Garbled witness statement …
Ms.M. I wish I had N's power over words but I don't, so pray excuse the following:
Hokay … Deep breath.
Just home. Rather large tumbler of Islay malt.
Here goes …
Ego, compos mentis (well kinda) have just witnessed something that's going to hit the world of classical music like an H bomb.
D'you remember that Glenn Gould moment that Bach had in the fifties? Suddenly the world woke up and saw the light?
Murray Perahia took the ball and ran with it and then came Angela Hewitt; the world's greatest interpreter of Bach's keyboard music?
Well this evening I was sitting not ten feet from Angela Hewitt when she did for Beethoven what Glenn Gould did for Bach.
I mean it.
Let's set the scene:
What was always going to be an exciting evening: The incomparable Britten Sinfonia (the best chamber orchestra on the planet bar none and I'll kick the shit out of anyone who argues with me) launch their season with a programme of Wagner, Sibelius and Beethoven, featuring Angela Hewitt on piano.
So far, so wonderful.
First up: the pre-show chat. Angela talks us through the two Beethoven pieces she'll be playing: the youthful and exuberant second piano concerto (actually the first he wrote) and the majestic pinnacle of the fourth. She discusses Czerny's notes on how Beethoven taught him and how Beethoven actually played and developed the pieces. How most players begin the fourth with a flat G-major chord, while Czerny relates that Beethoven played it as an arpeggio, echoing his interpretation of the piece as Orpheus strumming his lyre in preparation for the third movement's struggle to calm the Furies and rescue Eurydice.
She fesses up that - after twenty-three years of playing the fourth with other conductors - tonight is her debut conducting Beethoven from the piano and she's nervous as hell.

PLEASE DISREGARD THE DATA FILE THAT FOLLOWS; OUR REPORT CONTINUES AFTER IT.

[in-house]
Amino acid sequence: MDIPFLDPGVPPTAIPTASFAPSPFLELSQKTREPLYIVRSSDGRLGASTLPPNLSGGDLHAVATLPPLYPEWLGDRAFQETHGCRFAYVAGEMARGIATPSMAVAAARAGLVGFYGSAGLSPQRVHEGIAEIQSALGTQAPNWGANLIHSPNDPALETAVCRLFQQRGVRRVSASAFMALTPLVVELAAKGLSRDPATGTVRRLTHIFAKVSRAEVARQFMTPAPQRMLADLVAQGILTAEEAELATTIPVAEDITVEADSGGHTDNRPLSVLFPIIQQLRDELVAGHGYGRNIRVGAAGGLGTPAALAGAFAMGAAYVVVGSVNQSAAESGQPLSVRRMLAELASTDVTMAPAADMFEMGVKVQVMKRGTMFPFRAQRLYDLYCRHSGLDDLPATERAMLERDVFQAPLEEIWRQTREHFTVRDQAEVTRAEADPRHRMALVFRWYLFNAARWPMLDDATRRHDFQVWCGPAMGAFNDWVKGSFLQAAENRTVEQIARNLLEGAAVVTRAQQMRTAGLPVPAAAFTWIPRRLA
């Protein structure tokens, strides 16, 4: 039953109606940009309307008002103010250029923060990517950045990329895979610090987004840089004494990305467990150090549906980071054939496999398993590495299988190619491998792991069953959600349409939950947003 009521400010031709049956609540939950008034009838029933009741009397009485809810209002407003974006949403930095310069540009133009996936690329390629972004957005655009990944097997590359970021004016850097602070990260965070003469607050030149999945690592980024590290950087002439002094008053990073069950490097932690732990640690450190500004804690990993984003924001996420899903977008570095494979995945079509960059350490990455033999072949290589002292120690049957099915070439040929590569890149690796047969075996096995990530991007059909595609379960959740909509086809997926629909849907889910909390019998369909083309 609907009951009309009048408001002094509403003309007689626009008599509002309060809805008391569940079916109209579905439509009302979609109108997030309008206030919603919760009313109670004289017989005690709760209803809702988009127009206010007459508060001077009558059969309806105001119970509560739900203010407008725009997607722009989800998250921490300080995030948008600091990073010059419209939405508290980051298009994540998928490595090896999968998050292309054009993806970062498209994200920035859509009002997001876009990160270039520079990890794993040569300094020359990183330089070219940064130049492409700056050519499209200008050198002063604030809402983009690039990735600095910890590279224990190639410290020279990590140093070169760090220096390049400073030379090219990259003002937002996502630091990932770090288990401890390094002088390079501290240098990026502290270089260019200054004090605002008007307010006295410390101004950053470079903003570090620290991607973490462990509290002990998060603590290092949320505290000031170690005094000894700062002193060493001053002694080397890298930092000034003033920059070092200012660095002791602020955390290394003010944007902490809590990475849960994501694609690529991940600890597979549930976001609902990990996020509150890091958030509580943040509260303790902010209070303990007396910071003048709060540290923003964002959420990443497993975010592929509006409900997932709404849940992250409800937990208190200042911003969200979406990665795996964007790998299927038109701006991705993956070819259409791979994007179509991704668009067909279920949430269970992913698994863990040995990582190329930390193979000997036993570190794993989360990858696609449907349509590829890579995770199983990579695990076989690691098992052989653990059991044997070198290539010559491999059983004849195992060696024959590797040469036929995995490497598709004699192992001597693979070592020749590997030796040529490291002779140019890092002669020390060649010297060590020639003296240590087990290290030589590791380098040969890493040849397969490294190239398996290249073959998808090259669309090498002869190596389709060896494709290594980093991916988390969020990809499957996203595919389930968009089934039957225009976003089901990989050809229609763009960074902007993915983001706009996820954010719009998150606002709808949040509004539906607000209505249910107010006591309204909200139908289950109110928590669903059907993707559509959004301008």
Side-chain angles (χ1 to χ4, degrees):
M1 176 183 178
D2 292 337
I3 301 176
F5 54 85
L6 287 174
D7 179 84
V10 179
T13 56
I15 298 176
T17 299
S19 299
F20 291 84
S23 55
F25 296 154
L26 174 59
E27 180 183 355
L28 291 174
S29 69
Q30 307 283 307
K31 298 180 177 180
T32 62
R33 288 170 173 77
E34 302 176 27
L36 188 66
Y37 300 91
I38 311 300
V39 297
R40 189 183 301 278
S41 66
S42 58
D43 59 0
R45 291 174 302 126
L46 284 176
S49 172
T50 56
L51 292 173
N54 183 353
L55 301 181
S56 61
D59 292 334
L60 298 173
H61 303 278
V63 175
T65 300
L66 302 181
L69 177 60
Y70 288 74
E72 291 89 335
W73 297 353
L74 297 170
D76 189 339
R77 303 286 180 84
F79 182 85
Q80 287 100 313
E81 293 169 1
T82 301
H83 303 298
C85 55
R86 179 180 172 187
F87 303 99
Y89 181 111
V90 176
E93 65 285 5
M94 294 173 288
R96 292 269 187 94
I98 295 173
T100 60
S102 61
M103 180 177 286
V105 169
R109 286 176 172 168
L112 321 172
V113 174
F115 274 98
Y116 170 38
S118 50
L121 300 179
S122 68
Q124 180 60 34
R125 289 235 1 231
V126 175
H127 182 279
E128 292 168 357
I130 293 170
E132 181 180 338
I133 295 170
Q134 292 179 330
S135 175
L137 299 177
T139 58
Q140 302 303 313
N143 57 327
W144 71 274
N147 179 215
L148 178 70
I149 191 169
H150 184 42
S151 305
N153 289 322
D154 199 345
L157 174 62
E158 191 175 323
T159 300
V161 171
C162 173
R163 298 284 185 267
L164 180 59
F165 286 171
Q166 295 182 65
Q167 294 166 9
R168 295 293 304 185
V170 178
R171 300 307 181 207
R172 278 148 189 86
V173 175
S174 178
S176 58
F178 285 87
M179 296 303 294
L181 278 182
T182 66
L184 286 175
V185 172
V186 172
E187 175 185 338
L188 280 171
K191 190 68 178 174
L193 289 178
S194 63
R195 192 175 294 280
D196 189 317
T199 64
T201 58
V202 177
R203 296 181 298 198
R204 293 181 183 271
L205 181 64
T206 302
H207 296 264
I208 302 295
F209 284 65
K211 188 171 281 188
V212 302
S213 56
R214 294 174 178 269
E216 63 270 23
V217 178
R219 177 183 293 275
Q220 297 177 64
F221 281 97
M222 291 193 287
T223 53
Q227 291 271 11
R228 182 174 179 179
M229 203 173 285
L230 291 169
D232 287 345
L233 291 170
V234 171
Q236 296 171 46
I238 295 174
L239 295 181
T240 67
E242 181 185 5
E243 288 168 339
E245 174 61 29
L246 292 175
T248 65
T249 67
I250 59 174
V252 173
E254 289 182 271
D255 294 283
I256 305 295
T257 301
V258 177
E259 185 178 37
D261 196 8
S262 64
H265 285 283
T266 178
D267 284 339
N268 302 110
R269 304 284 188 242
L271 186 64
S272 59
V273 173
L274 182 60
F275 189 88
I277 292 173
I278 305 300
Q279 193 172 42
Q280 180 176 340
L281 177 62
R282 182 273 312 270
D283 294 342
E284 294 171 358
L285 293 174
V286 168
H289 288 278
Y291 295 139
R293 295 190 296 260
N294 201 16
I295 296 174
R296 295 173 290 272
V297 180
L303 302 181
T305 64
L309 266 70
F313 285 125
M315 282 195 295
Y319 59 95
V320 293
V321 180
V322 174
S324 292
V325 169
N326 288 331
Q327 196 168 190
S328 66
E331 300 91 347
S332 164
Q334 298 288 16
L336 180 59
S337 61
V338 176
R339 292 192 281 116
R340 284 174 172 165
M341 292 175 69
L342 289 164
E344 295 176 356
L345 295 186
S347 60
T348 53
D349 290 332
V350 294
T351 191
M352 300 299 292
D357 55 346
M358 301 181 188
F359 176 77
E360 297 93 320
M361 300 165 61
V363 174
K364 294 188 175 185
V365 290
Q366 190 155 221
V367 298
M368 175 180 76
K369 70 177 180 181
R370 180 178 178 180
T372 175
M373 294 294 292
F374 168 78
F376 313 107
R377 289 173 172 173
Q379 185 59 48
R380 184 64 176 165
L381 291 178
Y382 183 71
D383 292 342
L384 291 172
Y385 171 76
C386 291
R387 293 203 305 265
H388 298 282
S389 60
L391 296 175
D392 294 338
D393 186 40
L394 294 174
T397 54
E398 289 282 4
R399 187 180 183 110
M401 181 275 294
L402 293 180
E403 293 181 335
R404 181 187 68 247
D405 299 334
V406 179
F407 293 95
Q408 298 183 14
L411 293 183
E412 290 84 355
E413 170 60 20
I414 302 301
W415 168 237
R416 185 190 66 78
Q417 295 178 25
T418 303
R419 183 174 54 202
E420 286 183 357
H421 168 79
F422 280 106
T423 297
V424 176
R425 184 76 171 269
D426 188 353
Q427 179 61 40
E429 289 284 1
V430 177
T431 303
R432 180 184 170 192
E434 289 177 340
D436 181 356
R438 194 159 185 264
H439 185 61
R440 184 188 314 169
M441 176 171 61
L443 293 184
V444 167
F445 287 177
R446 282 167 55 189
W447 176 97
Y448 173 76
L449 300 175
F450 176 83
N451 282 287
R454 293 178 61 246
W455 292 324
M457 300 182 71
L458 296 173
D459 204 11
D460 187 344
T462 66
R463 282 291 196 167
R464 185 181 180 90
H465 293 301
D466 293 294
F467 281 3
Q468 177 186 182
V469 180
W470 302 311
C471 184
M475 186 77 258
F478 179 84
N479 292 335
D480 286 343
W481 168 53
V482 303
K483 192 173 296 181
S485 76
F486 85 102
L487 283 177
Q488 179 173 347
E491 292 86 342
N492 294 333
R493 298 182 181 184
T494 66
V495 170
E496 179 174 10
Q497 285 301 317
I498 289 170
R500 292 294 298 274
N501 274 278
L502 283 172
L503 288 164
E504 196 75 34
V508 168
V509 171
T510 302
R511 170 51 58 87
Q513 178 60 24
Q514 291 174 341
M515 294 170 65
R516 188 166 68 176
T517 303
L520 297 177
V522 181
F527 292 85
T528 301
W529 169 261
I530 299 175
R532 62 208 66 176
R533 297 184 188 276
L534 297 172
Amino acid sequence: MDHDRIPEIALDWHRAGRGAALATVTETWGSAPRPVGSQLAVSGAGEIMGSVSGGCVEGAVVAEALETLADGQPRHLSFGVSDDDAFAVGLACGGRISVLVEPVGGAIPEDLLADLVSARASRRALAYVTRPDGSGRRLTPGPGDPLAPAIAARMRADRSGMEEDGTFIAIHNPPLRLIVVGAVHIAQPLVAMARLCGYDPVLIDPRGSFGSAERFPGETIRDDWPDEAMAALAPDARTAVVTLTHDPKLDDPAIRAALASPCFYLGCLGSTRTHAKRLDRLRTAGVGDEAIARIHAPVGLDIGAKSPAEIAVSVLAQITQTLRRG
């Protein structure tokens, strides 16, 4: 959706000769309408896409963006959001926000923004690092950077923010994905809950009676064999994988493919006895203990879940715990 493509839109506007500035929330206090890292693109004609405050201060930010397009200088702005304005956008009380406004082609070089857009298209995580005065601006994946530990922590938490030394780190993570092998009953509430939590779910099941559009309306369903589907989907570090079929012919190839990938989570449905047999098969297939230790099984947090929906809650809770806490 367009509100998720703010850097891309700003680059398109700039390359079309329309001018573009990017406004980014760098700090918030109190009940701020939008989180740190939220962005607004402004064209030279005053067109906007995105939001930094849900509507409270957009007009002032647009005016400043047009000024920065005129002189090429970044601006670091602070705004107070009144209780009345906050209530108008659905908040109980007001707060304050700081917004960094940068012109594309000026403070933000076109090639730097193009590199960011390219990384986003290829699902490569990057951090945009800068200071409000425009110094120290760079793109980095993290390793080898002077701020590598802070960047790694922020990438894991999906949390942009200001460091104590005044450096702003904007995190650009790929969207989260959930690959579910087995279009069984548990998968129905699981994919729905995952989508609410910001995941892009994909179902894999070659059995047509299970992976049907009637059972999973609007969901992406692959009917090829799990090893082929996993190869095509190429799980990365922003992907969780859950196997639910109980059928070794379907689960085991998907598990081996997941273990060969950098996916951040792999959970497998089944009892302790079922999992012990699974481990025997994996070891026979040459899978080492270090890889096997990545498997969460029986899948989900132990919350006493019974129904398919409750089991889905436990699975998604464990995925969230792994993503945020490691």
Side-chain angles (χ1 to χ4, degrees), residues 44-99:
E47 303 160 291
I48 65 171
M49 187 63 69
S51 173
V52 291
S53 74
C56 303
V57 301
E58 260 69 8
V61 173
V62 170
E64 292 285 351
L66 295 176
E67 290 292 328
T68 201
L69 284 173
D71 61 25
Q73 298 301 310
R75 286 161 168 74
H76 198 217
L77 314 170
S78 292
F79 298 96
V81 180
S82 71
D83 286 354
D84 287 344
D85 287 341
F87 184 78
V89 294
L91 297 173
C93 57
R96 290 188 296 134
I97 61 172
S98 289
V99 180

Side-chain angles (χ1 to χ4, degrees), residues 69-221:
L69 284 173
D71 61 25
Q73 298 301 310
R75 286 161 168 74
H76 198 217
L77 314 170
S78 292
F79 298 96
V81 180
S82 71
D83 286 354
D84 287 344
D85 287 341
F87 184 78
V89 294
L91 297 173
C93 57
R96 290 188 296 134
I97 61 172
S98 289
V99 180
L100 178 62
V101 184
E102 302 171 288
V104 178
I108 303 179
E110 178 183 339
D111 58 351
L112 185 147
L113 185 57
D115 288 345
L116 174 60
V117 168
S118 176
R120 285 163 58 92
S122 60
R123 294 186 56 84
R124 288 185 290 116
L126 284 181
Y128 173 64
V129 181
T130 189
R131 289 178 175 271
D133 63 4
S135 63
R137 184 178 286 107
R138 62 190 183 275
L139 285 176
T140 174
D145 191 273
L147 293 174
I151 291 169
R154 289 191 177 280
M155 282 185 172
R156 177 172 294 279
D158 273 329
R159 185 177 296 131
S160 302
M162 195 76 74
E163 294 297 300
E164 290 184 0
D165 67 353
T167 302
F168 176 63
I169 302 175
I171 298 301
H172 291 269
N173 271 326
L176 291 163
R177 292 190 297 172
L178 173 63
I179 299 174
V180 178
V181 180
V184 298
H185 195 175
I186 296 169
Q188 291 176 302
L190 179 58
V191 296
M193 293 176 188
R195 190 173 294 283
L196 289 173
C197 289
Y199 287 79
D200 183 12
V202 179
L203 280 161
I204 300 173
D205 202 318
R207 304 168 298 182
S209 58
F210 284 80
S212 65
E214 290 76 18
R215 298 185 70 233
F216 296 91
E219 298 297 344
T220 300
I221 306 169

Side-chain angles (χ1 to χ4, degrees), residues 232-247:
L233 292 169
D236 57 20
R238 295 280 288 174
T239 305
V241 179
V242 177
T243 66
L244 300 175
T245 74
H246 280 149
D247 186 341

Then she tells us how having had to learn and understand the parts for the whole orchestra has transformed her awareness of the piece, in much the same way as her two glorious accounts of Bach's Well-Tempered Clavier (one after years of study and interpretation; the next after having toured the pieces for two years solid) revealed truths that nobody had previously dreamed of.
Angela was lucky enough to begin her concert career just when the 'authentic period instrument' movement exploded on the music scene. The slushily over-romantic interpreters of Beethoven and Mozart were elbowed aside by the new puritans, but this had the knock-on effect of making the music leaden and dull. In the decades since, musicians and historians have worked wonders in bringing us closer to Beethoven's true meaning and I (and many others) felt that Paul Lewis had fulfilled old Ludwig's dreams with his recent recording cycles.
Then this evening happened.
It started innocently enough. The Sinfonia hit the stage; as ever, frighteningly youthful and this evening led by the precocious child, Thomas Gould (the Guardian rightly calls him "staggeringly virtuosic"); they launch into the only piece Wagner ever wrote that can truthfully be called lovely: the Siegfried Idyll.
And they are perfect. I wouldn't have expected anything else. If anyone's going to make Wagner move me to tears it's going to be the Britten Sinfonia and they didn't disappoint.
Then some jigging of chairs as Angela's glorious Fazioli is wheeled centre stage and its wheels locked. They've removed the first row of seats this evening, to fit the orchestra on stage, so my usual third row; just left of centre seat is now second row and I can see every expression on Angela's face as she plays.
Oh, before that: I hope you're reading this, Robyn. You can tell your asshat at the Philharmonic who moaned at you for playing in trousers a few weeks back that the second violin with the Britten Sinfonia (the fabulously named Beatrix Lovejoy) played this evening in open-toed black stilettos, slit-bottomed, calf-length tight capris and a Nehru-collared blouse with see-through sleeves. Wear what you like and fuck'em.
Anyhoo … Back to the action: